A SEAFORD family feels like it won the lottery in this month’s federal budget but “the win” has nothing to do with putting cash into their hip pocket.
The Clarke family is rapt that daughter Ally, 10, has “a second chance at life” thanks to a federal government decision to add a drug treatment for spinal muscular atrophy (SMA) to the Pharmaceutical Benefits Scheme.
Federal Treasurer Scott Morrison announced that Spinraza will be available on the PBS. It would otherwise cost families more than $365,000 each year.
Ally’s mother Georgia Clarke told The Times last year the drug is financially out of reach for most families (“New drug for Ally and all would be ‘life changer’”, The Times 20/11/17).
Mrs Clarke was overjoyed in the wake of the 2018-19 federal budget announced on Tuesday 8 May.
“For our family, it’s a second chance at life. We’re on a different path now,” she said.
“We’ve basically been given our daughter’s life back and it’s amazing. It’s the best feeling in the world.”
Mrs Clarke said it was upsetting to see Ally “get weaker, not stronger” as she grew up and the Spinraza treatment, administered by lumbar puncture injection three times a year, will “put the brakes on” the impact of spinal muscular atrophy, a genetic disorder that causes extreme fatigue and lack of muscle strength.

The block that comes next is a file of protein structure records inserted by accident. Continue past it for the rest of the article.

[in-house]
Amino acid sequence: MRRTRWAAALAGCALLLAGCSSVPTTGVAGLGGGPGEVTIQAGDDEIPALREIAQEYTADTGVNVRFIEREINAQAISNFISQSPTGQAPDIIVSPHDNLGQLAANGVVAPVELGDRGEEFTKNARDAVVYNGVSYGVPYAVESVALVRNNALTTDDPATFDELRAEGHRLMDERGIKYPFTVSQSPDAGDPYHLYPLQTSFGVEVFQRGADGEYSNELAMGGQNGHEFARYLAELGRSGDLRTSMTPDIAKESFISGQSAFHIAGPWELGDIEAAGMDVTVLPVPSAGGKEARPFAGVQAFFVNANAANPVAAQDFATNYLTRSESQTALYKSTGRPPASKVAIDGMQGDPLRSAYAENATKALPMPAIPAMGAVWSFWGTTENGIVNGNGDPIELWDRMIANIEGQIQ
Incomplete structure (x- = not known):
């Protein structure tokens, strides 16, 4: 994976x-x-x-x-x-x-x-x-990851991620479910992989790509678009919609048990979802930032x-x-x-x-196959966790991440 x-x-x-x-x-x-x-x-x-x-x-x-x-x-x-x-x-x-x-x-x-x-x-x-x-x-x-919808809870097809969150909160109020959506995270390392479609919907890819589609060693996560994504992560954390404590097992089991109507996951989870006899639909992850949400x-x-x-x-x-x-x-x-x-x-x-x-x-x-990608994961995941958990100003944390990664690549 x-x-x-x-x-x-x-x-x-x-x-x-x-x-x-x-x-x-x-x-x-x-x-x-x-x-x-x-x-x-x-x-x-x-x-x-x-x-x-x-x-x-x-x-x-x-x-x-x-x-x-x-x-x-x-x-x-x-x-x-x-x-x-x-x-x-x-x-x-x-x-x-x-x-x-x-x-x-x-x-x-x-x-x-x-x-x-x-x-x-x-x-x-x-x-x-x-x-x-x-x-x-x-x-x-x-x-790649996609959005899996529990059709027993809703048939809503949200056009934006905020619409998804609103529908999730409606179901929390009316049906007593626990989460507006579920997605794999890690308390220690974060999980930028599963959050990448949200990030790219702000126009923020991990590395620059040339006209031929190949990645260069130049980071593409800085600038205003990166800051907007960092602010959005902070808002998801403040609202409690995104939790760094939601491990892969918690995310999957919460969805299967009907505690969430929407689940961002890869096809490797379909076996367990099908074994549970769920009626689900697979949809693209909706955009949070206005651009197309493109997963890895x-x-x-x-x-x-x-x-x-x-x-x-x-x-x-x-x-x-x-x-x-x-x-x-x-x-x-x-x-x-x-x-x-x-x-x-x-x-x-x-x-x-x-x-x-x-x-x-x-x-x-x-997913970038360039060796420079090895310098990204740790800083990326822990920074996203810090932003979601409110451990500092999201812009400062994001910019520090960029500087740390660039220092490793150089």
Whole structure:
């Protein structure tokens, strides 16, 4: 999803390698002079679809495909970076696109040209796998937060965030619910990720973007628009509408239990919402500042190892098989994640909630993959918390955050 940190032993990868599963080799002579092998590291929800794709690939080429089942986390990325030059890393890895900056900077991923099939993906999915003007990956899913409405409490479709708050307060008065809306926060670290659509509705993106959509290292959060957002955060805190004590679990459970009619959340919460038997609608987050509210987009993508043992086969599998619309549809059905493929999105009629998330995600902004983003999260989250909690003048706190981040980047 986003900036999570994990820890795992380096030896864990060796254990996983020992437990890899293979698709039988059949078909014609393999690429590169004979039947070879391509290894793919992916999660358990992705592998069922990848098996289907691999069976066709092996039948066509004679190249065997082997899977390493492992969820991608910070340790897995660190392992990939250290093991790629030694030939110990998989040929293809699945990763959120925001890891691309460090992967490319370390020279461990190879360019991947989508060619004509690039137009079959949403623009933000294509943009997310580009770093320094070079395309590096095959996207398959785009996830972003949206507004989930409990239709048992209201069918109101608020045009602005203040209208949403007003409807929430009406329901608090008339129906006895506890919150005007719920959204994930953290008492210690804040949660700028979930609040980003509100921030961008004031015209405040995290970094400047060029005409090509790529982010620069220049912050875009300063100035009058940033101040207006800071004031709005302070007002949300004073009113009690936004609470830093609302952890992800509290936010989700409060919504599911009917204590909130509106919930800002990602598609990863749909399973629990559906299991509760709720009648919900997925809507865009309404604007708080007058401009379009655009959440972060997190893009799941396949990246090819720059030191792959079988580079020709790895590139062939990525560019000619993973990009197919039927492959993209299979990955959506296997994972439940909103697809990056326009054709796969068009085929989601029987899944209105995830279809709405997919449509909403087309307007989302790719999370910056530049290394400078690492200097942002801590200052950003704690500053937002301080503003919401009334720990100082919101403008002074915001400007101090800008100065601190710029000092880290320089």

“For Ally, it means the sort of things like going to school, and spending time with her friends, and walking … things we all take for granted.”
She thanked federal Dunkley Liberal MP Chris Crewther, Flinders Liberal MP and Health Minister Greg Hunt and Mr Morrison who “listened to our story — really listened” before making the drug manufactured by Biogen available to families on the PBS.
“They’ve acted so credit where credit is due,” Mrs Clarke said.
Mr Hunt, Mr Crewther and Mr Morrison met Ally at Frankston Hospital on Friday 11 May.
Mr Hunt said putting Spinraza on the PBS would allow young patients like Ally Clarke to “have a full, long, rich life”.
“[If it wasn’t on the PBS] the drug would otherwise have cost $367,000, which no Australian family, apart from a fortunate few, could afford. In this budget, we’ve committed $240 million to give Ally and other children [with SMA] access to life-saving and life-changing treatment.”
Mrs Clarke also thanked SMA Australia and the Royal Children’s Hospital for support and Spinraza manufacturer Biogen alongside the politicians who made the drug available on the PBS.
“They’ve given Ally and a generation of children with spinal muscular atrophy a quality of life not possible without this treatment.”